A 2020 McKinsey report found that the mining sector is responsible for 28% of global greenhouse gas emissions, with 4 to 7% of that amount coming directly from mining operations. To accelerate their journey towards decarbonization, companies like Polish mining equipment supplier Mine Master Ltd, part of the GHH Group, are turning to electrification solutions. In 2019, Mine Master Ltd commissioned Danfoss’ Editron division to supply the electric drivetrain powering their first two electrified underground rigs prototypes.
Navigating the challenges of operating underground
Traditionally, drilling and bolting rigs are diesel-powered, which presents two main disadvantages. Firstly, they produce high levels of greenhouse gas emissions. Secondly, the exhaust and heat emitted by such machines require installation of a complex and costly ventilation system to maintain the mine’s air quality. To counter this, Mine Master wanted to develop a fully-electric, battery-powered drilling and bolting rigs, one of the first low profile battery electric vehicle (BEV) underground mining machines to be produced.
The main technical challenge Danfoss’ Editron division had to overcome was the inaccessible underground location of the machines. Rigs need high power levels for tramming to operate, which requires a high-power battery and represents a challenge for a machine primarily situated underground.
The underground location prevented immediate access, even remotely, to the machines in the case of a technical issue. This meant that Danfoss’ Editron division’s technology had to be faultless, since revisiting the rigs to perform maintenance would be impractical.
Seamless technology supporting smooth operation
Mine Master equipped the prototypes with a 120kWh sodium-nickel battery cell, providing the machines with enough battery drive power to drive to the mine section, where they can connect to a 500V mine power network during the working process. In addition, a battery charger was built on the machine chassis so the battery can recharge while the rig is tramming downhill. This method navigates the logistical difficulties of charging in a mine without compromising efficiency.
The first fully-electric rigs are designed to work in galleries up to 5.8 meters in height. The Roof Master 1.8KE comes with a mechanized bolting mast for 9 expansion or resin bolts up to 1.8 meters in height, and is also equipped with a closed air-conditioned operator's cabin. Both machines remain the smallest in their class with a transport height not exceeding 1.8m. They are also adapted to heavy-duty mining conditions and environments and can deal with slopes up to 15 degrees.
Danfoss’ Editron division provided most of the drivetrain components, including the e-machine with inverter and all the main components of power management like the DC-DC converter and active front end. Being able to rely on the Editron division to provide most of the components helped Mine Master to speed up the construction process. The Editron division made sure to further pre-empt any risks associated with underground operation by providing Mine Master client with their Editron System and Service Engineering support as extra insurance.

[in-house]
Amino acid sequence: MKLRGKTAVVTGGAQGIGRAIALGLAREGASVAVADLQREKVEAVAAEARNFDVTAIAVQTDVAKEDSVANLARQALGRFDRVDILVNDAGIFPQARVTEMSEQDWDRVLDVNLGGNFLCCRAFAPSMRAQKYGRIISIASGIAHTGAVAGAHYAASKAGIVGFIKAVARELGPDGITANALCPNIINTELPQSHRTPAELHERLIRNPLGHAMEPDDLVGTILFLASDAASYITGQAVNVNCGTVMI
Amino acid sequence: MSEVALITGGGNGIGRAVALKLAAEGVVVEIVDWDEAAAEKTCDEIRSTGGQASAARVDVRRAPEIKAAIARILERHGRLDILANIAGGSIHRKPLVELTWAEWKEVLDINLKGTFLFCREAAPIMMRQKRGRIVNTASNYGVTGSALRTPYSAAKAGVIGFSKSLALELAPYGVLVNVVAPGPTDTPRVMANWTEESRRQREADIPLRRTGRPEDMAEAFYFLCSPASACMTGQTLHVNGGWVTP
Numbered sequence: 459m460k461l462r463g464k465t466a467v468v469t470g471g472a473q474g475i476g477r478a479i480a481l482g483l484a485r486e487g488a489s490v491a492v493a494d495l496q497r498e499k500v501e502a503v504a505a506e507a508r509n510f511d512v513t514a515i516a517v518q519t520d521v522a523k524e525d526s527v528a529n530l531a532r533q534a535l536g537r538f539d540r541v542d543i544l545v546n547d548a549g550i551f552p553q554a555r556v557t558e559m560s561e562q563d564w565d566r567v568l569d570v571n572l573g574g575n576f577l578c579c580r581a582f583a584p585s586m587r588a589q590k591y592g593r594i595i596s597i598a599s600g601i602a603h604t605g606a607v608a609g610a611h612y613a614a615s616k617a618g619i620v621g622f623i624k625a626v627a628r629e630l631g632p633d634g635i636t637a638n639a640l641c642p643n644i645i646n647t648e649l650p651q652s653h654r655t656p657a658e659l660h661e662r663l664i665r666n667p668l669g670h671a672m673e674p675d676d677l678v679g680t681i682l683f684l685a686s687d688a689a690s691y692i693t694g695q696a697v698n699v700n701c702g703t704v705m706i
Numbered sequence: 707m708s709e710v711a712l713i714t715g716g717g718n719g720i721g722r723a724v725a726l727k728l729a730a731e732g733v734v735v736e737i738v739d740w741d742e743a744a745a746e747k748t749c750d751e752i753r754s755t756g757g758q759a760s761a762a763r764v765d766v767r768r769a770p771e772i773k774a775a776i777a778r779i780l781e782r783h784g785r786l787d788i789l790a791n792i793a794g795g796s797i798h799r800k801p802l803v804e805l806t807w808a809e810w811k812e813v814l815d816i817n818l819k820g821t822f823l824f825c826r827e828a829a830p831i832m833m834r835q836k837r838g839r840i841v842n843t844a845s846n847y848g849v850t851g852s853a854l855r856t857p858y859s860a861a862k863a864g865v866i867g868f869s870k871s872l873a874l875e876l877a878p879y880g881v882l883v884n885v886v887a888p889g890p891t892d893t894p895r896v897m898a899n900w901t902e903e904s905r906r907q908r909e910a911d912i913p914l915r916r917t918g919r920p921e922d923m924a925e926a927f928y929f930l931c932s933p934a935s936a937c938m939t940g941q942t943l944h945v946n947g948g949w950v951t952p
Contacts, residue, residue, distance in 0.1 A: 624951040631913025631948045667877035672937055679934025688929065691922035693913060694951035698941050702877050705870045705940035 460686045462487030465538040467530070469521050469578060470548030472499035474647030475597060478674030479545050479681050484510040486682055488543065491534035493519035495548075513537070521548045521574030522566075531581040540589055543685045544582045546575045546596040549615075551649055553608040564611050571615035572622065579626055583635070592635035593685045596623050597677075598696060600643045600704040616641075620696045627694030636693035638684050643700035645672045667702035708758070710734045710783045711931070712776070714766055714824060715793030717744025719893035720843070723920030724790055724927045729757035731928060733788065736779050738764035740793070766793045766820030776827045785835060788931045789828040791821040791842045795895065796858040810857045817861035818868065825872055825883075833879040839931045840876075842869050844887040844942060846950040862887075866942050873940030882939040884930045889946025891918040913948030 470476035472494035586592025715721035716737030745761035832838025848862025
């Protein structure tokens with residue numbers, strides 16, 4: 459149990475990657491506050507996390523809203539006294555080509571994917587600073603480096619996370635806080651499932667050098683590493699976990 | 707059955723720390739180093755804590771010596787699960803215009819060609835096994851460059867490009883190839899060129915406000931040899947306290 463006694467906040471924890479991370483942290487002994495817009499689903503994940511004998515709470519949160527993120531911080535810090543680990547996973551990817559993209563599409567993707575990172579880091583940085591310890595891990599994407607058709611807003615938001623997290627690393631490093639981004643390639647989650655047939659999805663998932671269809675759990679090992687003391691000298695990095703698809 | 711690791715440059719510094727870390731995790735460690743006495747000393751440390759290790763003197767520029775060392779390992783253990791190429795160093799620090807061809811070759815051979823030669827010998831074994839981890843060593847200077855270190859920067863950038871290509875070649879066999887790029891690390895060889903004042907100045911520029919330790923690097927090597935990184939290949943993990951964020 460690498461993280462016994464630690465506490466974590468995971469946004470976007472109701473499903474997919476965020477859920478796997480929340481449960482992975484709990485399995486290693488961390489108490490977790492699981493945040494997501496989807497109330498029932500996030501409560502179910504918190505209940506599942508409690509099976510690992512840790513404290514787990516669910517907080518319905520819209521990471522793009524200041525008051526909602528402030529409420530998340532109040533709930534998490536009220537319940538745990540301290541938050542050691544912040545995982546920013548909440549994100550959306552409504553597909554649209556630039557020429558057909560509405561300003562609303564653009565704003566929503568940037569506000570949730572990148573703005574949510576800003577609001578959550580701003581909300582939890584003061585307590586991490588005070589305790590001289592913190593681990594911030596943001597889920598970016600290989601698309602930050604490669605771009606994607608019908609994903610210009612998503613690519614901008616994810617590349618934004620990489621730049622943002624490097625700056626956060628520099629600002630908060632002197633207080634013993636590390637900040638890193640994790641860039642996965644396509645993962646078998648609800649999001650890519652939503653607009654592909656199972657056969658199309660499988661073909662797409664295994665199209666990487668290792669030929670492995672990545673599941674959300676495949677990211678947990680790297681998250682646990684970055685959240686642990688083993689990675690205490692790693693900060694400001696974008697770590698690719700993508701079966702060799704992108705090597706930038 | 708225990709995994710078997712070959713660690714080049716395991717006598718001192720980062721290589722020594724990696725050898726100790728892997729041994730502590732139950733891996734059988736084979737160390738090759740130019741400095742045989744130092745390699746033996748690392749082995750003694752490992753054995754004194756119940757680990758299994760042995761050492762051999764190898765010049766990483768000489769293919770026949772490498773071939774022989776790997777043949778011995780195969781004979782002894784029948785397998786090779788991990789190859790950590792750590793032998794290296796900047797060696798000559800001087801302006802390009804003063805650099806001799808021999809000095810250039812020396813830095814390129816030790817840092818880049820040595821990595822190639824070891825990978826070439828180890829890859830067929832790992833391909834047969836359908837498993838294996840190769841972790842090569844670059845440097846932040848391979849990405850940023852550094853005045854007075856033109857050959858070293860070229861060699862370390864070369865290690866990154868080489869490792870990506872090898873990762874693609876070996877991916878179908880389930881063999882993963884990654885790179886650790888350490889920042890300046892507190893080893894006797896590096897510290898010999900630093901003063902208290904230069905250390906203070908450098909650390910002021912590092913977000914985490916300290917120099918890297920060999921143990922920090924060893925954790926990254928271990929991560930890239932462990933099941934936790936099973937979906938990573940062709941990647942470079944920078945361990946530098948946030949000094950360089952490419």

Opening the door to a better and greener mining industry
Aside from being 100% locally emission-free, a major co-benefit of using battery power has been reducing operational costs. Traditional combustion engines produce exhaust and heat, which entails costly ventilation methods to keep the air quality high. Switching to a battery-powered solution removed the need for such output and cut ventilation costs.
After thoroughly testing the prototype, the new Roof Master 1.8KE was able to start operating in a KGHM’s copper mine in Lubin, Poland, in 2021. After a year in operation, no adjustments have had to be made. The second machine, the drill rig Face Master 1.7 LE, has just started underground testing.
The Roof Master 1.8KEs roof bolter shows that even heavy-duty equipment can become emission-free. The mining sector has been one of the last industries to embrace net-zero, partly because of the added difficulties brought by working underground and in such remote locations. However, the success of these prototypes shows electrifying the mining industry whilst maintaining operational efficiency is indeed possible.
Tomasz Szurlej, Design Engineer at Mine Master, said:
“Decarbonizing heavy-duty equipment is always a challenge, so the Danfoss Editron division’s technical expertise and ability to supply all the necessary power management components was greatly appreciated. The solution we developed together fits our needs perfectly. The Roof Master 1.8KEs work as efficiently as diesel-powered machines whilst being much cheaper to operate, not to mention the reduction in emissions we have achieved.”
Danfoss’ Editron division is already working on our next project with the GHH Group, this time in South Africa and India, where they will continue to help implement their general electrification strategy.
Parts of this case study were initially published in the July-August 2022 issue of Construction Europe.
|Project||Roof Master 1.8KE and Face Master 1.7LE|
|Customer||Mine Master Ltd, part of the GHH Group|
|Scope||Supplying all components of the drive train for the Roof Master 1.8KE and Face Master 1.7LE, a fully-electric rigs used in the mining industry.|
A fully-electric machine, equipped with a 120kWh sodium-nickel battery cell. The battery is charged by a 500V mine power network.